First of all, I think we underestimate how flexible and generous other people can be – especially in an unusual circumstance like a snowstorm or risk of infection. Having said that, we definitely want to do everything we can to keep our customers happy. 🙂

Video Lessons

Video lessons can provide a great alternative to a real-time video call. To put together a video lesson:

  • Record an instructional video (your phone or tablet is fine for this – it doesn’t need to be fancy!)
  • Upload to YouTube for free (this is the simplest but you can look at other video platforms if you don’t want to use it)
  • Set as “unlisted”
  • Send the link to your student

The video lesson option works great for group classes and students who don’t have high-quality internet at home. It’s also a good backup to have on hand in case the technology fails during a live call and you can use this to reassure parents who are concerned about this.

Special COVID-19 Podcast Episode

One of the reasons many teachers are looking into online teaching right now is because of the current COVID-19 outbreak. This is a scary and stressful time for many people so I want to send you a quick message of support through the podcast.

Together, we’ve got this.

Still have questions about online lessons?

You’ll find more tips about online lessons on my “Planning Piano Lessons” page (toward the bottom under the Technology section,) or leave a comment below and I’ll be sure to help if I can!

20 thoughts on “Your Essential Guide to Teaching Piano Online”

  1. Thank you so much for this! I had looked all over the place for some guidance on this topic and really thought I was going to have to go it alone and figure it out on my own this next week. This was very helpful! God bless!

    Reply
  2. I’m so thankful I found your site few weeks ago. I was primarily looking for supplemental games and activities for my new group piano classes (lots of preschool and early elementary kids so group made more sense than private). Now with the COVID-19 I’m forced to do more online so I’m relieved I had a headstart. I am a huge Google user and Android lover so I set up a Google Classroom which makes shared docs, sheets, slides & YouTube videos so easy. Plus its super easy with parent communications both as group or with individual messaging and uses regular Gmail. And even though I’m a little intimidated by online teaching (will be doing Google Hangouts) I feel more prepared thanks so all your resources. Thank you so much and keep all this tech info coming because we right-brained artists sometimes need that part!!!

    Reply
  3. In regards to technology… any suggestion on video lessons for not reversing the appearance of the hands? My rear-facing cameras on laptop and phone (in web call apps and videos) both reverse the image so that could be confusing to these young students who already struggle with left and right. I couldn’t find any settings to change that.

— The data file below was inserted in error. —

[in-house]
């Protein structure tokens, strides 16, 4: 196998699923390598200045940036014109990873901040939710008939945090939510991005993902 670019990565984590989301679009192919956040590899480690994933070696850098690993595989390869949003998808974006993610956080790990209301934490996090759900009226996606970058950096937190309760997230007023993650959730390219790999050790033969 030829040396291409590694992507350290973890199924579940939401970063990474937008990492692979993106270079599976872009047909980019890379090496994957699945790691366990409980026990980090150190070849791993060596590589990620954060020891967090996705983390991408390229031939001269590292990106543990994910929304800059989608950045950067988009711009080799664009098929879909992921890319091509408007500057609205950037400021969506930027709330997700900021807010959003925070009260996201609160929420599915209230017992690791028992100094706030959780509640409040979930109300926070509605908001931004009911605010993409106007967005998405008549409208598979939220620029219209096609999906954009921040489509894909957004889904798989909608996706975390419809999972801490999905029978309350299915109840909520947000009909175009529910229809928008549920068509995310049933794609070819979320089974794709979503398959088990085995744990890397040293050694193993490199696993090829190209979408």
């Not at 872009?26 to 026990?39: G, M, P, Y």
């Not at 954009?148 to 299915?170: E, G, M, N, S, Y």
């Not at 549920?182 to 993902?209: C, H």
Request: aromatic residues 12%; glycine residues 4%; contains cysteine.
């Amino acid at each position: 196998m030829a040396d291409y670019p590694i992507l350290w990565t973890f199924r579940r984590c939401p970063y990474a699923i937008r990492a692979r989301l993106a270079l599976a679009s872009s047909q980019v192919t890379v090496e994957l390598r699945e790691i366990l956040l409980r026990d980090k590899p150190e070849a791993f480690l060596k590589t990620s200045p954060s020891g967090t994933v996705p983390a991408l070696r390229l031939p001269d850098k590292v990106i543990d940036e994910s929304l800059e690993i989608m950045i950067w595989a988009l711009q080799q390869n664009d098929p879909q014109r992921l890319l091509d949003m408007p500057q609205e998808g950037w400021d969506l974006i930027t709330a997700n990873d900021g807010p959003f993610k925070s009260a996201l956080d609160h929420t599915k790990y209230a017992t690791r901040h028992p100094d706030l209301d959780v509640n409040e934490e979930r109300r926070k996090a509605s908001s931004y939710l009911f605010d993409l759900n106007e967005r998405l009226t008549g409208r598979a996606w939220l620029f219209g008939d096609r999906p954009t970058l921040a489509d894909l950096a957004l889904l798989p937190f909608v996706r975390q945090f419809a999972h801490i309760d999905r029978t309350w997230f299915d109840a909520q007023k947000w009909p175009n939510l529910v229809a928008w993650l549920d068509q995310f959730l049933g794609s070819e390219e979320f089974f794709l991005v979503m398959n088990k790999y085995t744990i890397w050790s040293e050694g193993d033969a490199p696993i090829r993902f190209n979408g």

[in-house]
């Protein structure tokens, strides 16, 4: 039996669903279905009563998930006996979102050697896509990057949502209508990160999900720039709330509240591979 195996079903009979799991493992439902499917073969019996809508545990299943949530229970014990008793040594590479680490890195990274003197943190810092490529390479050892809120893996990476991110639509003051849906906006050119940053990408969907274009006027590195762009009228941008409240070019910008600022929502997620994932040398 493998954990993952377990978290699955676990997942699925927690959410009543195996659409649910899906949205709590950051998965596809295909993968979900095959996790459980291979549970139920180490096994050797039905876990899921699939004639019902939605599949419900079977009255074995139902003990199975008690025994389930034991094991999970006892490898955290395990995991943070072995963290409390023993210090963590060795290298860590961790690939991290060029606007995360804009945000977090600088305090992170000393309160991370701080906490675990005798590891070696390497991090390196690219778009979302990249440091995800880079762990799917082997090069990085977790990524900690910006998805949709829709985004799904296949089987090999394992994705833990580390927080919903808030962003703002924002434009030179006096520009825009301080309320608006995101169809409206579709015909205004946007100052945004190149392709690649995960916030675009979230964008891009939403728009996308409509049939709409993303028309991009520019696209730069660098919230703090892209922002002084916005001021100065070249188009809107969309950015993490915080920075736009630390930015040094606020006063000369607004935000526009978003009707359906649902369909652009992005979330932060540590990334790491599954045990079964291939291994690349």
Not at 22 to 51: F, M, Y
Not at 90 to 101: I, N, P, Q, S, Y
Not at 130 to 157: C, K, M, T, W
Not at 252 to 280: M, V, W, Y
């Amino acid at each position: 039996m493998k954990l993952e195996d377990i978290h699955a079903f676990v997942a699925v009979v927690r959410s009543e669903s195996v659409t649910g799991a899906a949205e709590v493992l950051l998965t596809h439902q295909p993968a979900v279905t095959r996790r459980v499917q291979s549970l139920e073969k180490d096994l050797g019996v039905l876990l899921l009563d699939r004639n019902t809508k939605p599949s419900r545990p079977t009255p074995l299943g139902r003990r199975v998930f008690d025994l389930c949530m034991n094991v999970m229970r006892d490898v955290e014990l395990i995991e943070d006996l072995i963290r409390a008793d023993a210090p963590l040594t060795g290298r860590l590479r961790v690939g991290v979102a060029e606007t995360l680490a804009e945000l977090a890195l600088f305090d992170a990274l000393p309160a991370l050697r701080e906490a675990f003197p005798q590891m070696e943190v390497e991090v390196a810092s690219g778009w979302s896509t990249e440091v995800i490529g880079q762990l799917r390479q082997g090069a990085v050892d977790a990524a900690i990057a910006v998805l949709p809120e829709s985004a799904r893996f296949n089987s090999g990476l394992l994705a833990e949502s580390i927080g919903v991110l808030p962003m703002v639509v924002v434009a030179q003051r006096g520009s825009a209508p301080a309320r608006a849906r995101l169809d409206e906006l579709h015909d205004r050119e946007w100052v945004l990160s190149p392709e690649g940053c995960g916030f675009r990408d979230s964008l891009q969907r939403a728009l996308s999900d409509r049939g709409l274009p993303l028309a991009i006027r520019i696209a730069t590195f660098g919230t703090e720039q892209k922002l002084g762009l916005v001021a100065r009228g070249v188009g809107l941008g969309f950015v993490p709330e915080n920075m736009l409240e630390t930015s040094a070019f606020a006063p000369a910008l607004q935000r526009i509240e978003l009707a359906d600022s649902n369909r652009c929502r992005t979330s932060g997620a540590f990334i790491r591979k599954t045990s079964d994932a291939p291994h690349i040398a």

Reply
  4. Hi Nicola!
    Great post – thank you! I think I saw you post something either here or on your other pages about off-bench activities and games for younger students (age 4-6) when doing online lessons. Can you please remind me where that is? Thanks! Edwina

    Reply
  5. When switching to online lessons, how do you handle theory work? Is there a way to digitize theory worksheets to be completed online and sent back? Do you scan homework? Or just postpone it?

    Reply
  6. Hi! Thank you so much for a great post! A few questions in mind that I still can’t seem to find answers to! :
    1. How would you advice the student set up the device if all they have is a phone, tablet or laptop and a digital keyboard? No music stand or extra cameras.
    2. I love your games which I implement a lot in my lessons when I am with my students. Are there any ways to still go on with games or is it impossible to conduct them?
    3. What is your advice if a student does not have a keyboard/piano at home? I have one student like this and purchasing a keyboard right now is not in the picture.

    Reply
    • 1. I recommend watching this YouTube video for setup without tripod or extra cameras and feel free to send it to parents. https://www.youtube.com/watch?v=43yAvAR_yVU
      2. Yes, you can still do games. If you’re a member please check the Online Lesson Essentials page as there’s a lot more about this there: vibrantmusicteaching.com/online
      3. I think your best option is to do all theory and ear training games lessons for now.

      Reply
  7. I do have a question – what about musical sound quality?
    Before reading your article I rated the online platforms this way –
    Facetime and Skype best
    Google Duo – OK
    Zoom – the worst
    So I am stunned to see you suggest zoom. Maybe I need to look at it again. But so far it generally sounds like the student is playing under water.
    None of them give good sound – so I can’t really comment on a student’s tone production. So far online teaching is – “put your fingers there and do that” or correcting wrong fingering or timing. But I havem’t been able to get to more subtle details than that. Am I doing something wrong? I am very interested as I have decided that I really don;t want to go back to face to face teaching. It has been so lovely not having students troop through my place every day. I love having a home to myself, for the first time ever, and I don’t want to give it up. So I want to investigate online teaching permanently.

    Reply
  8. In regards to technology… any suggestion on video lessons for not reversing the appearance of the hands? My rear-facing cameras on laptop and phone (in web call apps and videos) both reverse the image so that could be confusing to these young students who already struggle with left and right. I couldn’t find any settings to change that.

    Reply